I remember the first time I heard the Martin Luther King, Jr. "I Have A Dream" speech. Well, sort of. I was seven. My father had it on vinyl, and because my father is a serious man, he prefaced the experience with, “Now this is a very important piece of history, and you need to listen carefully.” Of course, I didn’t listen carefully at all because I got KnockOut for Christmas—not that one, this one—and I’m pretty sure I was hungry.
I still feel rather horrible about the fact that my dad was dutifully trying to educate me about the black experience in America, and all I did was sit there pretty miffed about the whole situation. “I bet my white friends don’t have to do this,” I thought bitterly.
Anyway, most kids are assholes (I certainly was!), but MLK remains one of the single most important figures not only in black history, but American history, and I’m so thankful that my little asshole ears were exposed to that magnificent speech at such an early age. That being said, I only paid attention to about 10% of the entire thing because I wanted a toaster strudel very badly.
So, to celebrate the honorable doctor on his birthday, here are several don’t-ever-forget-these-words moments from Martin Luther King Jr.'s "I Have A Dream" speech, followed by scientifically accurate examples of what I was thinking when I heard them for the first time.
"America has given the Negro people a bad check, a check that has come back marked 'insufficient funds.'"
Does that mean it's America's fault that black people are poor and homeless?
"Now is the time to lift the nation from the quicksands of racial injustice to the solid rock of brotherhood."
Super Mario gets stuck in quicksand all of the time. Why does that angry sun keep trying to burn his face off? Mario is one of God's children, too.
"It would be fatal for the nation to overlook the urgency of the moment."
"1963 is not an end, but a beginning."
Dad, you old.
"Let us not seek to satisfy our thirst for freedom by drinking from the cup of bitterness and hatred."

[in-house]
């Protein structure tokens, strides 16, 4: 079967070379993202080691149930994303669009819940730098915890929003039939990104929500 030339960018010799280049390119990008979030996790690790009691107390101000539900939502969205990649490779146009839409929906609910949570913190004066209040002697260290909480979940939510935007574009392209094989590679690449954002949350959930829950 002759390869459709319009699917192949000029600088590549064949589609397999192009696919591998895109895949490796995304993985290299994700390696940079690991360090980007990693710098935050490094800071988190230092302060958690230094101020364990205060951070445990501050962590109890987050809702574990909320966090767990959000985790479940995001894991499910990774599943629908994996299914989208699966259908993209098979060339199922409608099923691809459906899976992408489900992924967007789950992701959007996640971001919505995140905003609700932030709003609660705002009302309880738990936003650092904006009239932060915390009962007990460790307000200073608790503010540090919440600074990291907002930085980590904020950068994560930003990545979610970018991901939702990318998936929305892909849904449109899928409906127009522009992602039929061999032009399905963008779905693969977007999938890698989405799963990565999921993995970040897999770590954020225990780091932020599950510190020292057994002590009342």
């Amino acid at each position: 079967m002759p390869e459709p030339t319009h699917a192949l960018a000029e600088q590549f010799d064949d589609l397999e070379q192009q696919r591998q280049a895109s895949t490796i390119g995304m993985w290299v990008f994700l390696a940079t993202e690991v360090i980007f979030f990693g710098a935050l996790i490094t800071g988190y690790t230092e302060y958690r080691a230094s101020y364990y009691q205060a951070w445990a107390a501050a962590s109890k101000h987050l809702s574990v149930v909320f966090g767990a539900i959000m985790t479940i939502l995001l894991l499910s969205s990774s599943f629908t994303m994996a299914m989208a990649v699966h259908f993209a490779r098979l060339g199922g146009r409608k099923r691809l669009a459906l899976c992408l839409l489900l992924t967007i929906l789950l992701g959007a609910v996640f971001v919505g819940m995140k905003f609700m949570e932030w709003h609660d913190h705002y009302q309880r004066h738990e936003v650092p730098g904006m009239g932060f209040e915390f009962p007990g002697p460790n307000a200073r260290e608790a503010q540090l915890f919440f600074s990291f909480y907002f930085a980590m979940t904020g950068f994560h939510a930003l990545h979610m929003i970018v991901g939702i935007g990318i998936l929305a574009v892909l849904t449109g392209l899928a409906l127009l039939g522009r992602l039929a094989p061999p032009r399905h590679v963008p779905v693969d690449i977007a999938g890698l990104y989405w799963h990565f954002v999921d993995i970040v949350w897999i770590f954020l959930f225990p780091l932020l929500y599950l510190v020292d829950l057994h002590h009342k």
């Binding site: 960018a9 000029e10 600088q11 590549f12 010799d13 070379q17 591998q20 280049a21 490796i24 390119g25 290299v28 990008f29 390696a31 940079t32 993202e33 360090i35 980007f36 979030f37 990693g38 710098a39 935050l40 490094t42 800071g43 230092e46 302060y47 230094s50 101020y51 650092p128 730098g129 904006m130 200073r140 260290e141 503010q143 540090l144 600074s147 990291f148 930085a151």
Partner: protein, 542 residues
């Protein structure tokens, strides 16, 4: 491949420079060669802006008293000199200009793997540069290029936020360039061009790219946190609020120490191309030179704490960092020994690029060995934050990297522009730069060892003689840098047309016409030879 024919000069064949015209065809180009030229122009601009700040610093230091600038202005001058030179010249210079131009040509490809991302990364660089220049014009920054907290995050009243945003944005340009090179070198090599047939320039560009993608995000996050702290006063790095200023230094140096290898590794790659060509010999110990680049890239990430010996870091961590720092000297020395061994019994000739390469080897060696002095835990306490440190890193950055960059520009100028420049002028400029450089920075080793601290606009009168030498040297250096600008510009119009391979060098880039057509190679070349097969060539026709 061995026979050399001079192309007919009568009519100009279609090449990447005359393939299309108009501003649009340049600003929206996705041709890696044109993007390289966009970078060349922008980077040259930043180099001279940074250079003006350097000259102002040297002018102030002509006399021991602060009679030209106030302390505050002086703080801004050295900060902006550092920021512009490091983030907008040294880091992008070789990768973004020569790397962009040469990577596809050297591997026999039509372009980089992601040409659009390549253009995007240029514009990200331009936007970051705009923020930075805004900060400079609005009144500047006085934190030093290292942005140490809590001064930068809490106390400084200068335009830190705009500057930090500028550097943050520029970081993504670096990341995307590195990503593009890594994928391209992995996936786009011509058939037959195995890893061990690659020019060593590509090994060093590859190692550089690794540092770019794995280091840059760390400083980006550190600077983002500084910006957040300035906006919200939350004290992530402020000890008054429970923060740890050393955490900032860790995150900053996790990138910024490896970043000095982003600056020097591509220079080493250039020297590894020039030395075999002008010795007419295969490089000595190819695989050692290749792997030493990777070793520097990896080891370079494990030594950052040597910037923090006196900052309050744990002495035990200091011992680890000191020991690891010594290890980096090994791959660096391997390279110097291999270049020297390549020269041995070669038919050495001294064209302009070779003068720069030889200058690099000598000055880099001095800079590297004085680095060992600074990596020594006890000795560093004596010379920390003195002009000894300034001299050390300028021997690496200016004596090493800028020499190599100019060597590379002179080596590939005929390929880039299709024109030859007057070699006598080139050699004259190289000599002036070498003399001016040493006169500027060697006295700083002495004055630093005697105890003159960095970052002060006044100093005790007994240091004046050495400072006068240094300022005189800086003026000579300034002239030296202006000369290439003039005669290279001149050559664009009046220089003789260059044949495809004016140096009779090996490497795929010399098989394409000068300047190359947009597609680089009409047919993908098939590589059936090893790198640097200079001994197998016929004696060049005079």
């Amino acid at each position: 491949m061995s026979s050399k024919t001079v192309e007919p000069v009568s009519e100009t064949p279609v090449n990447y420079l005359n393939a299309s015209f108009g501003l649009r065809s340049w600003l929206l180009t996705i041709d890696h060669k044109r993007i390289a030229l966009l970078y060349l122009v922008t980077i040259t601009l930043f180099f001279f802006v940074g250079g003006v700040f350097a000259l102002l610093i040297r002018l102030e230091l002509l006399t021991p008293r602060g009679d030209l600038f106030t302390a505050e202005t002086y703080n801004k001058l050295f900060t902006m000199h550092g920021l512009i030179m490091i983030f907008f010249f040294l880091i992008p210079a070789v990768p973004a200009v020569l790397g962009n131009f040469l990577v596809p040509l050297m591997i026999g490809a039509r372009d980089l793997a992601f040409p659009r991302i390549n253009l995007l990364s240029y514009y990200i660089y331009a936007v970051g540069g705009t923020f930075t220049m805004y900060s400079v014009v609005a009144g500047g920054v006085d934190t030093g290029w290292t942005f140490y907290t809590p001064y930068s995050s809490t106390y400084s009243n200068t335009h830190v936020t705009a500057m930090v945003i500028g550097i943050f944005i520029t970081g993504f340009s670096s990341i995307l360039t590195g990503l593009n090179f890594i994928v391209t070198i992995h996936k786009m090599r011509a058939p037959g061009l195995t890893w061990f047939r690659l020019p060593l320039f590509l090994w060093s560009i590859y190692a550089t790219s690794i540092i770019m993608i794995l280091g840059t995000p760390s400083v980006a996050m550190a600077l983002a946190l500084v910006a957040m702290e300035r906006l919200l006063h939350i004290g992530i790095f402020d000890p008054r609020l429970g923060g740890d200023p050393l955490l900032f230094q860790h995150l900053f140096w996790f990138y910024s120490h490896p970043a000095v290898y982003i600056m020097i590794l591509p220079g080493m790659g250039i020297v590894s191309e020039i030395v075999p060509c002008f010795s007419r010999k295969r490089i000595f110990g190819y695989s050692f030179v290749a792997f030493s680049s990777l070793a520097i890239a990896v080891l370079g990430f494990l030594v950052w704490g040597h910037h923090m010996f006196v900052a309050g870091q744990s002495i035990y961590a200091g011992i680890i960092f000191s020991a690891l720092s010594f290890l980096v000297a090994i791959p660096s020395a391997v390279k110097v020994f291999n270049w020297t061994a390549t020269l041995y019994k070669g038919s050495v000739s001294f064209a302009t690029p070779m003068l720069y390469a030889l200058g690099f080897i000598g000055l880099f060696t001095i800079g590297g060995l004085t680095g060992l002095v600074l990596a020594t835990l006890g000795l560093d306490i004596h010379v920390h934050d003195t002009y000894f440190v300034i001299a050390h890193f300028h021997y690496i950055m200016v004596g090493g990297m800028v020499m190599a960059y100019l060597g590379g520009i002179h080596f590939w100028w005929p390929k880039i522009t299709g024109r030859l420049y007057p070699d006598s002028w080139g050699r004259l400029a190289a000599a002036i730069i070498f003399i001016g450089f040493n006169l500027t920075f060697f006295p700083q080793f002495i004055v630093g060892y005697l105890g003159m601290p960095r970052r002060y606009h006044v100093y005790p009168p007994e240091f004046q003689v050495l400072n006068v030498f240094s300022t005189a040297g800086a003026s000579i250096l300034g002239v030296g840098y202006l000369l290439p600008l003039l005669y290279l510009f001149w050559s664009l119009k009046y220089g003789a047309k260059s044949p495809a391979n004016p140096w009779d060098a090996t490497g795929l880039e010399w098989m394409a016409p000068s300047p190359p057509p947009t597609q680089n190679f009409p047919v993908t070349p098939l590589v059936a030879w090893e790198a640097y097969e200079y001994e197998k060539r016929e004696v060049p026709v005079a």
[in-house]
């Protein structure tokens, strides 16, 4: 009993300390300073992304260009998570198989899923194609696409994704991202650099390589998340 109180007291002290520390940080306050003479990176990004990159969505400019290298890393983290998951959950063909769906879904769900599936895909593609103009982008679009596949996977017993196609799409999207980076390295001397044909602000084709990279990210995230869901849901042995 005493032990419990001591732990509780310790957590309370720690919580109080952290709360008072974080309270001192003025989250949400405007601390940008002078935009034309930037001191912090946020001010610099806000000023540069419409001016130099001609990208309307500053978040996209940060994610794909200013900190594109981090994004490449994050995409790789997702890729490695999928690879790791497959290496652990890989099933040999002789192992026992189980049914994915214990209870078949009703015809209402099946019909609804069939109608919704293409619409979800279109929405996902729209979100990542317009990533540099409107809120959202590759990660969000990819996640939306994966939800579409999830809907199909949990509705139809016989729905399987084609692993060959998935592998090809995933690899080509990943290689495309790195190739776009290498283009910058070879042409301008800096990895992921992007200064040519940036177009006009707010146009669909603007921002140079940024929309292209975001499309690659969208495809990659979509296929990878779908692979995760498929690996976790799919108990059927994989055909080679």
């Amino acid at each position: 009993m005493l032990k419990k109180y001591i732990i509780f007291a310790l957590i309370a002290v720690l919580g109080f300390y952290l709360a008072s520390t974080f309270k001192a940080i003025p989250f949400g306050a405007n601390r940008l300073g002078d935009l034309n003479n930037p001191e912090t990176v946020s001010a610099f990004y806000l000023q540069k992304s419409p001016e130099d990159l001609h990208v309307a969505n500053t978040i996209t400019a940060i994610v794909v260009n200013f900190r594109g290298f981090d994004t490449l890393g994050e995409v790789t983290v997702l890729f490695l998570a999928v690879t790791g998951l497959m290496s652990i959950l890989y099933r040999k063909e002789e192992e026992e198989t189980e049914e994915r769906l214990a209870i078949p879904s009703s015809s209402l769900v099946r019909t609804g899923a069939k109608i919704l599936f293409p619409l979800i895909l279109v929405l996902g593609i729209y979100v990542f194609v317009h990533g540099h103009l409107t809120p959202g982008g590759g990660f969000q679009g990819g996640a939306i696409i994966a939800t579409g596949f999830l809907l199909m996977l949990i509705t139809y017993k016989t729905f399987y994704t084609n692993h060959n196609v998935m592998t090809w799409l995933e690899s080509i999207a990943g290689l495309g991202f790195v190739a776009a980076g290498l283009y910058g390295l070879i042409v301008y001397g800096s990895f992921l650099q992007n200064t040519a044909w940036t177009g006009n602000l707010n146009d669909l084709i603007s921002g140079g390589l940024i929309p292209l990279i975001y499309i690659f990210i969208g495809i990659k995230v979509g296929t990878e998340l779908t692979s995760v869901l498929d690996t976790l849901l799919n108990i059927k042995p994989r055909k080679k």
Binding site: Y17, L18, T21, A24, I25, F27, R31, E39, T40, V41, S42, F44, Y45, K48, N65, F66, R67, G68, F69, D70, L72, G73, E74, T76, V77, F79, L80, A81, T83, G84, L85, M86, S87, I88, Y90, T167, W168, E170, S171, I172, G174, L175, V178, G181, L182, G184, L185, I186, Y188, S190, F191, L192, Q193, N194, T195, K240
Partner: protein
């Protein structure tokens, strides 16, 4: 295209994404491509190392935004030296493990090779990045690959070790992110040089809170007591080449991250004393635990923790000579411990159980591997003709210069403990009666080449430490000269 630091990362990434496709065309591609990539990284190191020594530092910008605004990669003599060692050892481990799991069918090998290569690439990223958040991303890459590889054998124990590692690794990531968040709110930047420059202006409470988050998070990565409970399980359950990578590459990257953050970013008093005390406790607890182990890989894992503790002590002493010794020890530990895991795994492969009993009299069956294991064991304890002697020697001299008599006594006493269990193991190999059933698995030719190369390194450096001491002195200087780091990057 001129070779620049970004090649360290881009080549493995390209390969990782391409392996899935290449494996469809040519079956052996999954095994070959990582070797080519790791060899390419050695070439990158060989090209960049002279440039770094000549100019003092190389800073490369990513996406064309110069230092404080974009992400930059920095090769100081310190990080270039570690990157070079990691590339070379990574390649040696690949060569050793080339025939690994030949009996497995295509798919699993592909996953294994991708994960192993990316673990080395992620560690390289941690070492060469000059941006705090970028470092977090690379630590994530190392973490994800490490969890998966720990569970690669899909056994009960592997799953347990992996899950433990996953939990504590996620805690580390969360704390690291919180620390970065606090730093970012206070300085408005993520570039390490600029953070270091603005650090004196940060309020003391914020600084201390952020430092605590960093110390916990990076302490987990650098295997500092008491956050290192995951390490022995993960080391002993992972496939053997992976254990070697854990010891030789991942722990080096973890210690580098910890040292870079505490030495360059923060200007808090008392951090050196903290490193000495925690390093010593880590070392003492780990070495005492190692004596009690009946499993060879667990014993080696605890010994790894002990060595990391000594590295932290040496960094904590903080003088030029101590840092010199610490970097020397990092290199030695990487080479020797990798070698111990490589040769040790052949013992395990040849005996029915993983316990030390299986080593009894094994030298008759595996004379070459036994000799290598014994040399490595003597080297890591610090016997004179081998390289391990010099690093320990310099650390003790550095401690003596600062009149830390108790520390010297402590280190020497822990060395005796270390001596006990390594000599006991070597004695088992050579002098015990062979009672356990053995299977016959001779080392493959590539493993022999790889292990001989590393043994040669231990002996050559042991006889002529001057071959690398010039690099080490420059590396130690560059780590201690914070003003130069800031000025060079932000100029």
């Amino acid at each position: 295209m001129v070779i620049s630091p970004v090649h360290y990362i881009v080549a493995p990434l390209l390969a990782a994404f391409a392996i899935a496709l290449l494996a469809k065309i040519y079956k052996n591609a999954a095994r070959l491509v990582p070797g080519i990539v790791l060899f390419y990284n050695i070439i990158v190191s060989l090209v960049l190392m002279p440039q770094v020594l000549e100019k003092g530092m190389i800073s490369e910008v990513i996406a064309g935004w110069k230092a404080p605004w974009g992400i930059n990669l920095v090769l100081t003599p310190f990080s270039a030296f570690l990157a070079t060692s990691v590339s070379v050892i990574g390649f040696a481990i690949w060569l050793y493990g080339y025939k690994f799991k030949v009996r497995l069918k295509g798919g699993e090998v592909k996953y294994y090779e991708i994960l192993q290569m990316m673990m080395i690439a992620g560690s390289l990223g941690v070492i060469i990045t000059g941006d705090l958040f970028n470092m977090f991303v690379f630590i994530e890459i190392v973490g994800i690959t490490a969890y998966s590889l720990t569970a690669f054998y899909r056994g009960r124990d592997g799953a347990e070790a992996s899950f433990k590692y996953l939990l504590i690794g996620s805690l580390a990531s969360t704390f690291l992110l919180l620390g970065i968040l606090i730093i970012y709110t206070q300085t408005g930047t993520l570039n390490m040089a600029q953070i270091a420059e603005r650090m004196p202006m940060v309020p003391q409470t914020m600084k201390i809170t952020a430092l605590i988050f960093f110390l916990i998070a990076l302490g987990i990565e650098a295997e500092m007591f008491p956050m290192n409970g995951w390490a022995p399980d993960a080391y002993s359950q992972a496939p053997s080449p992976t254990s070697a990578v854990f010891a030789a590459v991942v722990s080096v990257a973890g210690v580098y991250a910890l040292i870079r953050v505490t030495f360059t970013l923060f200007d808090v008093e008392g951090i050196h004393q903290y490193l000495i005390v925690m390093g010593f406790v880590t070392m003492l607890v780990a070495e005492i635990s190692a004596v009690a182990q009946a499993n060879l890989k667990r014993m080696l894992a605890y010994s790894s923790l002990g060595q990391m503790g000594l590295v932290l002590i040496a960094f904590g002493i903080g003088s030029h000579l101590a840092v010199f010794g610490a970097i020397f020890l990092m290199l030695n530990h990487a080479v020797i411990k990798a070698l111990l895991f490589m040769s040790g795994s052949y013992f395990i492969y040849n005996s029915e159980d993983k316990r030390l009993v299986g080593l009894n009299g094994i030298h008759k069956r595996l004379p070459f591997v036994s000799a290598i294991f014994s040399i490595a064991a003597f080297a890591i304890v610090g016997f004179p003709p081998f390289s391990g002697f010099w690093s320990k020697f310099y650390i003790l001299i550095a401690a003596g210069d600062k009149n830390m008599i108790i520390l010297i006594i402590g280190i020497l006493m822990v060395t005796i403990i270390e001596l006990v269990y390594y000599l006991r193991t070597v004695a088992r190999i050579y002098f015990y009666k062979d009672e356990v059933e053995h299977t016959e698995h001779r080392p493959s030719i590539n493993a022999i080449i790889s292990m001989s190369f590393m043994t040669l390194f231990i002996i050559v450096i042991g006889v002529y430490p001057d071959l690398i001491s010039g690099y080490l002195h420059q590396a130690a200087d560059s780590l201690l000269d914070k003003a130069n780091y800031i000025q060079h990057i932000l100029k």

Does that taste like the grape-flavored juice they serve at church on Communion Sunday? No one should drink that stuff. Tastes like farts.
"We must not allow our creative protest to degenerate into physical violence."
It’s not my fault. She hit me first! I hate having siblings.
"Again and again, we must rise to the majestic heights of meeting physical force with soul force."
I thought we were learning about MLK, not Don Cornelius.
"For many of our white brothers, as evidenced by their presence here today, have come to realize that their destiny is tied up with our destiny. They have come to realize that their freedom is inextricably bound to our freedom."
Where are you now, white brothers and sisters? Pretty sure you’re playing KnockOut or enjoying your new Skip-It. So much for freedom.
"We can never be satisfied as long as our children are stripped of their self-hood and robbed of their dignity by signs stating: 'For Whites Only.'''
Do our neighbors know we are black? We are one of two black families on our street. I’m pretty sure listening to Alan Jackson all day is equivalent to a “Whites Only” sign.
"We cannot be satisfied as long as the Negro in Mississippi cannot vote and a Negro in New York believes he has nothing for which to vote."
Voting seems hard anyway. Sounds like homework. So glad I don’t have to do it!
"Go back to Mississippi. Go back to Alabama. Go back to South Carolina. Go Back to Georgia. Go back to Louisiana. Go back to the slums and the ghettos of our northern cities, knowing that someday this situation can and will be changed."
I have no idea how to find most of those places on a map. I barely know where I am right now. Thank god California is very large and next to an ocean.
"I have a dream that my four little children will one day live in a nation where they will not be judged by the color of their skin, but by the content of their character."
Yes, I’m listening! I’m also dreaming about toaster strudels and hot pockets. Thanks for asking.
"With this faith we will be able to work together, to pray together, to struggle together, to go to jail together, to stand up for freedom together, knowing that we will be free one day."
Dad looks so funny without his moustache.
“When we allow freedom ring, when we let it ring from every village and every hamlet, from every state and every city, we will be able to speed up that day when all of God's children, black men and white men, Jews and Gentiles, Protestants and Catholics, will be able to join hands and sing in the words of the old Negro spiritual: 'Free at last! Free at last! Thank God Almighty, we are free at last!'"
This thing is over? Awesome. I mean, Amen. I mean, happy birthday, MLK!